Definitely. It must be something in $LS_OPTIONS that's messing things up. The backslash in front of the command forces it to skip any aliases and run the "real" command, eg:

Code:
$ alias ls="echo"
$ ls "hello there"
hello there
$ \ls "hello there"
ls: cannot access hello there: No such file or directory
 
1 members found this post helpful.
Old 11-05-2014, 05:32 PM   #8
mrm5102
Member
 
Registered: Apr 2011
Location: Philadelphia
Posts: 158

Original Poster
Rep: Reputation: 3
Ok cool... That's good enough for me!!

Thanks for the explanations much appreciated, that was bothering the heck outta me..!

Thanks AGAIN,
Matt
 
  


Reply


Thread Tools Search this Thread
Search this Thread:

Advanced Search

Posting Rules
You may not post new threads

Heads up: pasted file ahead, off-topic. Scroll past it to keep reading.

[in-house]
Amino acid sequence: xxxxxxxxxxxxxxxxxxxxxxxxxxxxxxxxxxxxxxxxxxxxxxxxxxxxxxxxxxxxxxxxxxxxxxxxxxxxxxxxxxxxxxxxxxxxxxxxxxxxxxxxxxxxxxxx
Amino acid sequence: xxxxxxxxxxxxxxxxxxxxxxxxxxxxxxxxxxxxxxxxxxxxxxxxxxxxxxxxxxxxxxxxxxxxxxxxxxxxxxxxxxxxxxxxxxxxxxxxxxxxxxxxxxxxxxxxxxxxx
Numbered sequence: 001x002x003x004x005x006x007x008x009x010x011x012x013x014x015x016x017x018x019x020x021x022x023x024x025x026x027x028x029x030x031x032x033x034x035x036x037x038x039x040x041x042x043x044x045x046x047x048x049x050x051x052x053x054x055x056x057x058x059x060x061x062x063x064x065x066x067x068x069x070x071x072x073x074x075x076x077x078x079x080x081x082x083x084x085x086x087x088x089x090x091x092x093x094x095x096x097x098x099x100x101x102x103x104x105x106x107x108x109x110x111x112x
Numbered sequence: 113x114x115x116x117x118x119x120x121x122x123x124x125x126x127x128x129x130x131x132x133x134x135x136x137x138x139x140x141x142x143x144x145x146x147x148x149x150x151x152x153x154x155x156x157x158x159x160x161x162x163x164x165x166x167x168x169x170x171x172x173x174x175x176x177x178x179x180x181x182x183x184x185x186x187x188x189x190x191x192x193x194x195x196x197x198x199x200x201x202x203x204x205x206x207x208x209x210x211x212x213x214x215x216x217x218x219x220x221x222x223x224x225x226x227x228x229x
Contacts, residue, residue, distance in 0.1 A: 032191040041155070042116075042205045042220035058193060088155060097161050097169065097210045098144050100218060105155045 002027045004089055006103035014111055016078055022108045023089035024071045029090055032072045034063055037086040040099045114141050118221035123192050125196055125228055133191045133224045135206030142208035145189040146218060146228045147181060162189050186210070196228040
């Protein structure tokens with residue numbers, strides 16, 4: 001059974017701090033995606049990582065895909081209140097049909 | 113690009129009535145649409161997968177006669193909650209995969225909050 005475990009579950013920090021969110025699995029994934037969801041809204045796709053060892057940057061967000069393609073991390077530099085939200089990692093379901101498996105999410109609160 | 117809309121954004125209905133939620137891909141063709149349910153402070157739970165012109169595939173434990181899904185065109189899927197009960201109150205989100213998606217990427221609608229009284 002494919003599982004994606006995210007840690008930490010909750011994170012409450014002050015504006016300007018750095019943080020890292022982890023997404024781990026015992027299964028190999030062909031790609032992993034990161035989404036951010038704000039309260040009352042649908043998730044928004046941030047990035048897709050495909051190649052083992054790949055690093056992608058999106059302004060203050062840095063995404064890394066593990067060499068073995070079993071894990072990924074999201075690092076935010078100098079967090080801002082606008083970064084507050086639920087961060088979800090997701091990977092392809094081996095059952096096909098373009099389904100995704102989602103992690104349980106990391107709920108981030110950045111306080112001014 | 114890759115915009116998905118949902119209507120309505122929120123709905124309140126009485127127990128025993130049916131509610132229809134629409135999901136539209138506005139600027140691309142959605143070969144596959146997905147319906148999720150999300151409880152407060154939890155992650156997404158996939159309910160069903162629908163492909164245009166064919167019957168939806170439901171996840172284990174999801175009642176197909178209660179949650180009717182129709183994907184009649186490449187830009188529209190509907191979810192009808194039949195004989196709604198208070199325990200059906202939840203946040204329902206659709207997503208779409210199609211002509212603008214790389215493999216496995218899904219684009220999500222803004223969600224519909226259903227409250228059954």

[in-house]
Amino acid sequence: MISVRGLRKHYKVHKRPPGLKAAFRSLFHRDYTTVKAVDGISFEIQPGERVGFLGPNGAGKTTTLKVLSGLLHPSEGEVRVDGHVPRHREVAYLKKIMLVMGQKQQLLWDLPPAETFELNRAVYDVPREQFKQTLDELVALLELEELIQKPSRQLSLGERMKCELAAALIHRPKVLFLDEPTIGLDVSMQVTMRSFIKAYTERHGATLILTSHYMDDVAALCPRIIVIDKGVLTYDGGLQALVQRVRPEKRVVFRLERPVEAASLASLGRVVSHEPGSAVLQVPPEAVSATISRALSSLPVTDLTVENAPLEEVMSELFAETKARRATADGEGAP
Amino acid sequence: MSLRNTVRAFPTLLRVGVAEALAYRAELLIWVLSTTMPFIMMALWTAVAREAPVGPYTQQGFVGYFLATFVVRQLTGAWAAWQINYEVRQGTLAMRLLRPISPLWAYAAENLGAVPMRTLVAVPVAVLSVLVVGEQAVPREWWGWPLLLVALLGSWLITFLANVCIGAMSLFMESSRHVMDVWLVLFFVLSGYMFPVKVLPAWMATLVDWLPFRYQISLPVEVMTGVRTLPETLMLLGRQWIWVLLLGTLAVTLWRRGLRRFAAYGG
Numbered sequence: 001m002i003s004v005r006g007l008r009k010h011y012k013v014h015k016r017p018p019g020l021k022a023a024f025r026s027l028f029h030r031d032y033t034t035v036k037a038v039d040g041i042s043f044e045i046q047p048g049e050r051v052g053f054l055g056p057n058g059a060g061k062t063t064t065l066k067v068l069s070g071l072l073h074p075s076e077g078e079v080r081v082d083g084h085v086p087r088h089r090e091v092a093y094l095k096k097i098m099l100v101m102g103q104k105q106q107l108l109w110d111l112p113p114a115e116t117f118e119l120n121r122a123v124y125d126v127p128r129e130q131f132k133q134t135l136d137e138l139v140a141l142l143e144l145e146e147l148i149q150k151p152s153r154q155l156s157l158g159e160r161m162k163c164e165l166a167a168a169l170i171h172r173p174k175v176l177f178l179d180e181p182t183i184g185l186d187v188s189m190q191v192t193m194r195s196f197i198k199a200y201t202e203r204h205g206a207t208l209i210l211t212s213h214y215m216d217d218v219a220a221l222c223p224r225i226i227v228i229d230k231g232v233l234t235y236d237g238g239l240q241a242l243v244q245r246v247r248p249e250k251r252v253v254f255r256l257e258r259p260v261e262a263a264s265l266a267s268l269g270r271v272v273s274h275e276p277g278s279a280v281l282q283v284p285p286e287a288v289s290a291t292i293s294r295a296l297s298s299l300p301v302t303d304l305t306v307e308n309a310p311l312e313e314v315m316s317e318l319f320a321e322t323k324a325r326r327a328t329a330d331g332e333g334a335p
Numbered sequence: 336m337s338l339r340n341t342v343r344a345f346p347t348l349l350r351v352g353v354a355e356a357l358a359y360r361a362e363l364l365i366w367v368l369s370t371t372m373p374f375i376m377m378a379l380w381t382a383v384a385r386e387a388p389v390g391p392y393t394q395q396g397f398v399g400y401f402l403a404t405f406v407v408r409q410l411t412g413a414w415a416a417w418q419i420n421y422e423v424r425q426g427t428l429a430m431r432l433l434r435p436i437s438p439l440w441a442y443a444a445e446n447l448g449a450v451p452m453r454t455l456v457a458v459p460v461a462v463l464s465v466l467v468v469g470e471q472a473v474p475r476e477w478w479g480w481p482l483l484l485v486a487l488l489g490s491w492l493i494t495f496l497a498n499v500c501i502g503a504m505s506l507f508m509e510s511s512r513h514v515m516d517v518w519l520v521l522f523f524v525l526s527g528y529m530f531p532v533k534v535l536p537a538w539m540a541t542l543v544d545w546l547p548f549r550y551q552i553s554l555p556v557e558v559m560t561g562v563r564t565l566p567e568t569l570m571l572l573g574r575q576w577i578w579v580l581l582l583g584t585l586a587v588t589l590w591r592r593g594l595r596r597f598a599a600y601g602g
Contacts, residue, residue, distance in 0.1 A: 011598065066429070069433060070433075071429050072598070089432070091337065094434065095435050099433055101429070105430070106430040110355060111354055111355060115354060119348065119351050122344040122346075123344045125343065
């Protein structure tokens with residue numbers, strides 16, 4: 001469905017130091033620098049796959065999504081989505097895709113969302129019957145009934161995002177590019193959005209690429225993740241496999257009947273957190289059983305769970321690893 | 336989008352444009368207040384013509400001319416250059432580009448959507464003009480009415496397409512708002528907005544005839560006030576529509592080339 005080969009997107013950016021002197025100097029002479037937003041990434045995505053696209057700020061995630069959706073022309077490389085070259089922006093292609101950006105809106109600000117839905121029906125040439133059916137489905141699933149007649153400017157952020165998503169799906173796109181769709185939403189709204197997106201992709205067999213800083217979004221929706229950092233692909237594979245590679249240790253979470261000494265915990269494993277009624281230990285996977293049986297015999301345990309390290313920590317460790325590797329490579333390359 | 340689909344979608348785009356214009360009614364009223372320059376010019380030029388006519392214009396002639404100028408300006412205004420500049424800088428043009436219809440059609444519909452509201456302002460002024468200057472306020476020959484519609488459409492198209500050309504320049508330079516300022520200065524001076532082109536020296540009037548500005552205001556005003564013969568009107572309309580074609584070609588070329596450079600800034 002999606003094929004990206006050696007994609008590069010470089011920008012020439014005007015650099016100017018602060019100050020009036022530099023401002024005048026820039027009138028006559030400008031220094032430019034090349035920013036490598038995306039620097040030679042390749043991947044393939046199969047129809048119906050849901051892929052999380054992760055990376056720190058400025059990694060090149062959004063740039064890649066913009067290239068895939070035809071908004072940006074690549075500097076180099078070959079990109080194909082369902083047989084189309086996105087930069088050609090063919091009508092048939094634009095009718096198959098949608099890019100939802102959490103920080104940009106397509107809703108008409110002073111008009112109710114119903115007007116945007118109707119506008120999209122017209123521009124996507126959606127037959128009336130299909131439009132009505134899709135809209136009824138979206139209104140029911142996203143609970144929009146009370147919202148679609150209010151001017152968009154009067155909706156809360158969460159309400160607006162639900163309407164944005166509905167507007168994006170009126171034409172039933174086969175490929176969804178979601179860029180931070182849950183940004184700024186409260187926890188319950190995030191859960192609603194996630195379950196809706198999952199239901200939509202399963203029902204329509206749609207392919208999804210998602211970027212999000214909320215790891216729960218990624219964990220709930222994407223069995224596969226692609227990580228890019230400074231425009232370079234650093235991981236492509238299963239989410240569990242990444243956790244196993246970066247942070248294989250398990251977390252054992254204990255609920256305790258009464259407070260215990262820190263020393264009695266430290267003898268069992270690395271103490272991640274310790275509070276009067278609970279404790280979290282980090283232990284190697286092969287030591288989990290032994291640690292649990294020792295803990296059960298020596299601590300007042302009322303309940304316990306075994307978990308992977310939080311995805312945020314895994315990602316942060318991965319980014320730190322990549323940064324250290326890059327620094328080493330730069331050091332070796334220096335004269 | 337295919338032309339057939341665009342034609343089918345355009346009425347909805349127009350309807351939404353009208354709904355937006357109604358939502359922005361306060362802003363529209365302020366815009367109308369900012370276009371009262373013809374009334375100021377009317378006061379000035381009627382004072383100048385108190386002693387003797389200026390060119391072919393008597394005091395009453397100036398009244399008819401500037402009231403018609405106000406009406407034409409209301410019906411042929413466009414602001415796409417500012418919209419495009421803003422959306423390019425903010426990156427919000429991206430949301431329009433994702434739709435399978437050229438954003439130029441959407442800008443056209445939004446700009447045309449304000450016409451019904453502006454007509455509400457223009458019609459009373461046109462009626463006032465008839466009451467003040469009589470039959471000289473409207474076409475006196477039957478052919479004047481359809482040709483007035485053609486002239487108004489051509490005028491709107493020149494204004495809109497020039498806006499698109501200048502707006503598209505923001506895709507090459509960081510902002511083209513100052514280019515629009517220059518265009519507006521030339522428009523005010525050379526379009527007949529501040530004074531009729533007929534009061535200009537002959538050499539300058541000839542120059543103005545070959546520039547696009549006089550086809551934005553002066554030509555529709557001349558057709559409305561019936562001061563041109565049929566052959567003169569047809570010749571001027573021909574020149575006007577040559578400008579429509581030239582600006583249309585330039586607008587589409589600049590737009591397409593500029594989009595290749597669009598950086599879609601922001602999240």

You may not post replies
You may not post attachments
You may not edit your posts

BB code is On
Smilies are On
[IMG] code is Off
HTML code is Off



Similar Threads
Thread Thread Starter Forum Replies Last Post
Prevent Run command mmhs Linux - Newbie 7 08-06-2011 02:16 AM
how to prevent move command in linux pbhagwat Linux - Newbie 1 07-30-2011 03:17 PM
[SOLVED] ssh: how to prevent disconnection after a command ? yobbas Linux - Server 4 08-19-2010 09:43 AM
Any way to prevent a command (./round) from being executed? rboc Linux - Security 15 02-23-2009 04:25 PM
How to prevent others from remotely logging into my pc through ssh command? CPurnima Linux - Newbie 7 11-26-2008 09:10 AM


All times are GMT -5. The time now is 02:10 AM.

Main Menu
Advertisement
My LQ
Write for LQ
LinuxQuestions.org is looking for people interested in writing Editorials, Articles, Reviews, and more. If you'd like to contribute content, let us know.
Main Menu
Syndicate
RSS1  Latest Threads
RSS1  LQ News
Twitter: @linuxquestions
Facebook: linuxquestions Google+: linuxquestions
Open Source Consulting | Domain Registration